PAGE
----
The best pitcher you never heard of: Maels Rodriguez, founder of ‘100 MPH Club’

Upcoming Cuban player relief pitcher Maels Rodriguez makes a throw during his team's game against Mexico at the Panamerican games in Winnipeg, Canada 25 July 1999. He has reportedly had his throw clocked at 98 mph. (ELECTRONIC IMAGE) AFP PHOTO/Roberto SCHMIDT (Photo by Roberto SCHMIDT / AFP) (Photo credit should read ROBERTO SCHMIDT/AFP via Getty Images)
Upcoming Cuban player relief pitcher Maels Rodriguez makes a throw during his team's game against Mexico at the Panamerican games in Winnipeg, Canada 25 July 1999. He has reportedly had his throw clocked at 98 mph. (ELECTRONIC IMAGE) AFP PHOTO/Roberto SCHMIDT (Photo by Roberto SCHMIDT / AFP) (Photo credit should read ROBERTO SCHMIDT/AFP via Getty Images) /
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Maels Rodriguez: The Best Pitcher You Never Heard Of

Hanging Up His Cleats

Even with various injuries to your arm, you were still able to throw 92 mph. When did you come to the realization it was time to hang it up?

It was throwing 91-92 mph but it was forced, nothing was done with the fluidity I once did it with. My body just wasn’t the same. I had two or three surgeries trying to regain the level of comfort I once had on the mound but it never came. When I noticed that it would never come I decided to quit. I was now better suited for passing on my knowledge to others.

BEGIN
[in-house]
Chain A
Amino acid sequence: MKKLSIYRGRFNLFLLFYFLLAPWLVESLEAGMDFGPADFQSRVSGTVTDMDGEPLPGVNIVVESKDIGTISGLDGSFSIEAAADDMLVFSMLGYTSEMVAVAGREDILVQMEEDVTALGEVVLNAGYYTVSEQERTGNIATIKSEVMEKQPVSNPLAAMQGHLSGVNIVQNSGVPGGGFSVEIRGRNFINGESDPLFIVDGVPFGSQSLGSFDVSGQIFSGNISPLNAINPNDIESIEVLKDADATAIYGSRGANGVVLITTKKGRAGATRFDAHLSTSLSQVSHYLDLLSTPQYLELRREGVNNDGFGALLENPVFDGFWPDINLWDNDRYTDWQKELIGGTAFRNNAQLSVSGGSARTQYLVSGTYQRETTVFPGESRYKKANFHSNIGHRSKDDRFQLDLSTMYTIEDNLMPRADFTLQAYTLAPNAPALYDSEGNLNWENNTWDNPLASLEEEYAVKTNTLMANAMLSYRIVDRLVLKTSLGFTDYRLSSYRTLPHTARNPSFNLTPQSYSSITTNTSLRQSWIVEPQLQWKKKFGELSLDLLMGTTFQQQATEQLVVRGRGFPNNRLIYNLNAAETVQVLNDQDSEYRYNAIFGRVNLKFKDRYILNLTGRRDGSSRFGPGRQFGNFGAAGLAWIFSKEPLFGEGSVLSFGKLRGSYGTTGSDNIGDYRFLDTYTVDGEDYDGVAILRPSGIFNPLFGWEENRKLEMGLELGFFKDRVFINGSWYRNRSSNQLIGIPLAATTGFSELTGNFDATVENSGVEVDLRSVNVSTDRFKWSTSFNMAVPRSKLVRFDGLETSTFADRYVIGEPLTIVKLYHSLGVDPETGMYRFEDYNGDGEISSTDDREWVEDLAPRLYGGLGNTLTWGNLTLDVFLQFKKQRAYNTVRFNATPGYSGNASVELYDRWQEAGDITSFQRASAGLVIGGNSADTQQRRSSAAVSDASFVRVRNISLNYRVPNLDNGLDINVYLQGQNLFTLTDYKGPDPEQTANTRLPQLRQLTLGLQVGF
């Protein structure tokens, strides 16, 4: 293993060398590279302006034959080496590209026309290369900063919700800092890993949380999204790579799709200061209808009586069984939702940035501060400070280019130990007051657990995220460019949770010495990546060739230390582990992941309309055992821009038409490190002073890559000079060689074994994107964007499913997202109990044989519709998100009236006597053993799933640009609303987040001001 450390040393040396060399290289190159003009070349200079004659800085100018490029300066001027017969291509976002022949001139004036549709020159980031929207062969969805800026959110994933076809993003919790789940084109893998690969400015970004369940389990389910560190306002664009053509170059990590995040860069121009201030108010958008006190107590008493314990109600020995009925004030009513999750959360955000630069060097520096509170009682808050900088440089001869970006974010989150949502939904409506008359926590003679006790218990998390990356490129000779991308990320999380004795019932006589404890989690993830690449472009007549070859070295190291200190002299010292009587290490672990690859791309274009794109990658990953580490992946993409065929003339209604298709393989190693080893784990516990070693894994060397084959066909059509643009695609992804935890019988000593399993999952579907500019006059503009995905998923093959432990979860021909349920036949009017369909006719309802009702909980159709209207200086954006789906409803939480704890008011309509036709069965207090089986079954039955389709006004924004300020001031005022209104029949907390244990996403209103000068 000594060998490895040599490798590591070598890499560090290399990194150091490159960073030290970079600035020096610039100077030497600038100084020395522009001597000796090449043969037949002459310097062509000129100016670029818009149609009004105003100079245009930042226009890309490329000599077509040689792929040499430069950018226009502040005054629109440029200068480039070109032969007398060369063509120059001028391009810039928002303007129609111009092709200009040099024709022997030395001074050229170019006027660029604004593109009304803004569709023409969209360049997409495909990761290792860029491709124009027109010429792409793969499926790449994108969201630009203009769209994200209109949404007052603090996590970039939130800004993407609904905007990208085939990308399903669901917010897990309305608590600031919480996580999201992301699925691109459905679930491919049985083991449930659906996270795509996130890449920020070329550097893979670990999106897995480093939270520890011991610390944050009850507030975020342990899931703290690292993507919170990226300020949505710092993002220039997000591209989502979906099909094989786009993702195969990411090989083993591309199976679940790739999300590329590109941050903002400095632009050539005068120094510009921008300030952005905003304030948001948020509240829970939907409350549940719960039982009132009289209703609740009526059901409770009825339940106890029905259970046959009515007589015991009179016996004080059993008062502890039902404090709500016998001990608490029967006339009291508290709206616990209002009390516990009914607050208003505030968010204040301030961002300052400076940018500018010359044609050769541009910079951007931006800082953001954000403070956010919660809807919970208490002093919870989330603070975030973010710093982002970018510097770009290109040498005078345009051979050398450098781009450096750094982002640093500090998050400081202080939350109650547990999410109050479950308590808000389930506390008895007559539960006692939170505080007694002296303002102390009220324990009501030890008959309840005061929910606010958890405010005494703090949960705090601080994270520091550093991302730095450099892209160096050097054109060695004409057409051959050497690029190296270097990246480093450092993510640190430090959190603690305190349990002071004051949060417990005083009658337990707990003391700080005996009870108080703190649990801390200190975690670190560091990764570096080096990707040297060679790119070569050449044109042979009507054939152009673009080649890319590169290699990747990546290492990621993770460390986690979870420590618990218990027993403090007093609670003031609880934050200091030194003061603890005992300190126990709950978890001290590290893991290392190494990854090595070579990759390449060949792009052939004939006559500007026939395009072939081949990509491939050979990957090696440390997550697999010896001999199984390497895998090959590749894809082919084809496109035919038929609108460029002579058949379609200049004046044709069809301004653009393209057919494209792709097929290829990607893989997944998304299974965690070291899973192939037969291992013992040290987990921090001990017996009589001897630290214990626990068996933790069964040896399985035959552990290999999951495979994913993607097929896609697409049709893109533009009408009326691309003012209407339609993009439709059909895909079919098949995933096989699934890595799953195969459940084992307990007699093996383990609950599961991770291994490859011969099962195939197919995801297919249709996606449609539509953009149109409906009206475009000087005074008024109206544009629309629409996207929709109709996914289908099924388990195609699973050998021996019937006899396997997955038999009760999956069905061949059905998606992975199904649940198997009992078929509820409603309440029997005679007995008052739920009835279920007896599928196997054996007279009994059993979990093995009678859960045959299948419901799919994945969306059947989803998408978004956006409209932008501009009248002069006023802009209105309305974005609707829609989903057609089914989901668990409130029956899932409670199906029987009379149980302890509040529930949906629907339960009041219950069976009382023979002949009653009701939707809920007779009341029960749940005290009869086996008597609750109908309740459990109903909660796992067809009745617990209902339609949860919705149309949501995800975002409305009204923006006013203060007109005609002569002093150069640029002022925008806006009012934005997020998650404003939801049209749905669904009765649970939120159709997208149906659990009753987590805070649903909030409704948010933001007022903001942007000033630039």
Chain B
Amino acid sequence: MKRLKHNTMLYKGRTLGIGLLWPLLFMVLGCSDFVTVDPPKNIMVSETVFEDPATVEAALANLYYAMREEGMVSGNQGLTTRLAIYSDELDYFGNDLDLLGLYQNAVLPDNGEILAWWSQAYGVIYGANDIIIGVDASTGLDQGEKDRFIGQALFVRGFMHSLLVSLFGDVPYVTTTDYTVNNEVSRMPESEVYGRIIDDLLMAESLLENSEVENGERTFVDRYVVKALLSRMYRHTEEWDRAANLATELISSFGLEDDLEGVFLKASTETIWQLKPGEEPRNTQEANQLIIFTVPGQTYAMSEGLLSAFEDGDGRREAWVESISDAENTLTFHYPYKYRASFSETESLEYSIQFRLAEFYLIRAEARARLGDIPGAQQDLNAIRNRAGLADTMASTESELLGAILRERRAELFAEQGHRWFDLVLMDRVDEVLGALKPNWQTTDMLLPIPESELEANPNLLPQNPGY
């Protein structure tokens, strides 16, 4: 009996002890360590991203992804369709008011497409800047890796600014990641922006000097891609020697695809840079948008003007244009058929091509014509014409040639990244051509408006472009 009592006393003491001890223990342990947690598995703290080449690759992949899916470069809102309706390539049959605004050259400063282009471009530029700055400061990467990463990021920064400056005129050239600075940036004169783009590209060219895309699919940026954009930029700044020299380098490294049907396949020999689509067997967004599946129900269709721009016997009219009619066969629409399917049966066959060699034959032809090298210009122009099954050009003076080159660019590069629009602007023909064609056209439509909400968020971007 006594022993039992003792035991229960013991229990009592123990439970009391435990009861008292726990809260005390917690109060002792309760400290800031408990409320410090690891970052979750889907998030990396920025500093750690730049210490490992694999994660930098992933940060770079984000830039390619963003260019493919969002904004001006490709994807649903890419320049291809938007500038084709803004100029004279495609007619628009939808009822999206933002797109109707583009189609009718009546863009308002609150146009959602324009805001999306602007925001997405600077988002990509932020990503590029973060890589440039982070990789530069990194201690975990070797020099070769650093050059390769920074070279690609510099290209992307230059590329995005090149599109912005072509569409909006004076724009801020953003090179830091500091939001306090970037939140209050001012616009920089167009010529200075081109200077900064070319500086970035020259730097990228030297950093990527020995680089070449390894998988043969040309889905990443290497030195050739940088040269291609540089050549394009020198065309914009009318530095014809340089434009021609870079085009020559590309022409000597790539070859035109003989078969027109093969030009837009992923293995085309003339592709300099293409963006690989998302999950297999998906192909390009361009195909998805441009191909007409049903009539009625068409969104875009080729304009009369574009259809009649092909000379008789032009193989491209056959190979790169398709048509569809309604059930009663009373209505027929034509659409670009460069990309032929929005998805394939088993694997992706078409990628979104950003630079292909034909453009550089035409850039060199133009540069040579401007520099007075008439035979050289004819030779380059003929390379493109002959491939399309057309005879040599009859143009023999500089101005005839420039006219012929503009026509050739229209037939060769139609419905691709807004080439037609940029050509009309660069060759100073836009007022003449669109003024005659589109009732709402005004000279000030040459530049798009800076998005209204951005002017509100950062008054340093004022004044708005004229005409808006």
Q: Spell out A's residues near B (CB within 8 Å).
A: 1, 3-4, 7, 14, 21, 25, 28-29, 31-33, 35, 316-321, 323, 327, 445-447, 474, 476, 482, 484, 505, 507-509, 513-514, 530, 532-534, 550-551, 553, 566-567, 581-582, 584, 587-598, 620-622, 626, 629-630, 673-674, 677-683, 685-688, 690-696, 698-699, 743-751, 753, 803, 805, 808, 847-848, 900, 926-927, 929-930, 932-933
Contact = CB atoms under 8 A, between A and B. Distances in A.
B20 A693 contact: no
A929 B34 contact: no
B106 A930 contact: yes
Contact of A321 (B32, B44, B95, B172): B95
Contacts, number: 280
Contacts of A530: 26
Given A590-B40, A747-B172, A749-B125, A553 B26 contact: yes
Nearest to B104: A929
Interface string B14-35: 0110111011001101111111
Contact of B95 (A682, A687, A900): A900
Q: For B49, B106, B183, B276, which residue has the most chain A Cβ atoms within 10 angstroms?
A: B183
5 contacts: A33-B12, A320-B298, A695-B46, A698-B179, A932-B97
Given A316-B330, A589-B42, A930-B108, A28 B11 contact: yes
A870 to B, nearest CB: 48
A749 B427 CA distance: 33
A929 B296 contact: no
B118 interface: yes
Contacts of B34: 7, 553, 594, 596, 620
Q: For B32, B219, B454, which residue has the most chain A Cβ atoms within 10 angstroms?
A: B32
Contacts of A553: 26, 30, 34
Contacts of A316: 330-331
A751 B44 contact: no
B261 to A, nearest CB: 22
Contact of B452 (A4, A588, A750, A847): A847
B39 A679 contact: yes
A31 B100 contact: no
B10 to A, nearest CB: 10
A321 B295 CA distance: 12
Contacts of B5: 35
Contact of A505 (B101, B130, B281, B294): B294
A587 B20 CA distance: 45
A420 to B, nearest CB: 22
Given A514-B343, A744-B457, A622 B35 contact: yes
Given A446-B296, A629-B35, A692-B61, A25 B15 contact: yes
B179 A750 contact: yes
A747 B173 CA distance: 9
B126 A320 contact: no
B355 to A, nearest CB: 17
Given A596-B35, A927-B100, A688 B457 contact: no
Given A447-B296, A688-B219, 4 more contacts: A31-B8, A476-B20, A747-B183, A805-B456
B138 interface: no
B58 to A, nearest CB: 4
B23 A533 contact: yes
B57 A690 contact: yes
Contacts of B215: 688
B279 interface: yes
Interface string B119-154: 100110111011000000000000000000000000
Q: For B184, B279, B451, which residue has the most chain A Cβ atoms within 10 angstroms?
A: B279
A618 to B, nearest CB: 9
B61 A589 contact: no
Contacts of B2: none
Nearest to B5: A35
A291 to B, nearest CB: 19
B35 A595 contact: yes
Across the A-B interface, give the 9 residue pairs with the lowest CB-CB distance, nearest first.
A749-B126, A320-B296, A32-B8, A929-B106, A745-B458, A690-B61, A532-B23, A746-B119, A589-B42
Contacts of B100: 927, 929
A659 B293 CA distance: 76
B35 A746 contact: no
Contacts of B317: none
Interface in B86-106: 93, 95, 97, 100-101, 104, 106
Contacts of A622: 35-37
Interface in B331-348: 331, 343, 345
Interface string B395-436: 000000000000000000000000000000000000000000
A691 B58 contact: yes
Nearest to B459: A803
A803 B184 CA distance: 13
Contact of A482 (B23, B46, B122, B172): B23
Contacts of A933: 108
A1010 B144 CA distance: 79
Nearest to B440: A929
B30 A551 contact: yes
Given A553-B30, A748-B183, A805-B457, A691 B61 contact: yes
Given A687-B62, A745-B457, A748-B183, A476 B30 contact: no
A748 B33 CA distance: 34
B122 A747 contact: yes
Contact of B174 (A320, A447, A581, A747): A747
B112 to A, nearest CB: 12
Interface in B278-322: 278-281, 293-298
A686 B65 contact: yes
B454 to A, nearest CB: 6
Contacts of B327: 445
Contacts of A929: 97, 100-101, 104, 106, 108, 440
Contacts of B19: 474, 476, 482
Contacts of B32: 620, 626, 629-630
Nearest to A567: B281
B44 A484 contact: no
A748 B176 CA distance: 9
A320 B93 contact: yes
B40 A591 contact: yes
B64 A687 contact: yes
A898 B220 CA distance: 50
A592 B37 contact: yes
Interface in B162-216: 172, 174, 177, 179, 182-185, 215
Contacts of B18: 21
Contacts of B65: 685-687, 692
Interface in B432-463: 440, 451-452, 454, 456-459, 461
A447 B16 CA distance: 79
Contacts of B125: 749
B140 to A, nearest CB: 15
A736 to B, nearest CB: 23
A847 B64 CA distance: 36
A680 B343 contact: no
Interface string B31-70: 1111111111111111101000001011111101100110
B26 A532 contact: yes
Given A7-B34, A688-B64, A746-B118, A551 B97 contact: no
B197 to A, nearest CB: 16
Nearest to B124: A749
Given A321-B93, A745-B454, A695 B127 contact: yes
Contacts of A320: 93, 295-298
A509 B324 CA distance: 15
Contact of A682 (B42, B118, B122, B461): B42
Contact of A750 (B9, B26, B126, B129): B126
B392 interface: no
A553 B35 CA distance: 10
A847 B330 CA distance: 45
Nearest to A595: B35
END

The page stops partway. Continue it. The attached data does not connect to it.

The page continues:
What do you do in the current day?

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Today I work with the next generation of pitchers. I opened an academy on 117 Avenue and 123 Court in southwest Miami. There anyone who wants to learn to pitch is welcome to stop by. I’m very eager to show young pitchers everything I’ve learned via my experiences.

Do you still watch the Serie Nacional?

Yes, I catch an inning or three every so often. I watch mostly guys who played with me in Cuba and wish they keep doing well in the sport they love.

Cuba will always spawn new talents. Baseball in Cuba will never die. I love to see players not only triumph in Cuba but in foreign leagues. This gives me great pride because at the end of the day we are all Cuban.

Do you have any advice for today’s young pitchers?

Yes, I do. The most important thing for a young pitcher is to always train hard and properly. Also always be conscious of the health of your arm, remember the arm was not made to pitch. This isn’t a natural movement.

One has to be cognizant of the stress and labor one puts on their arm. There is an old pitcher’s saying in Cuba,” Wasted bullets never come back.”

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We need to be conscious of our capabilities and keep pitch counts. One also needs to be aware of who we have train us. We need to train with people who see you as a person not as merchandise.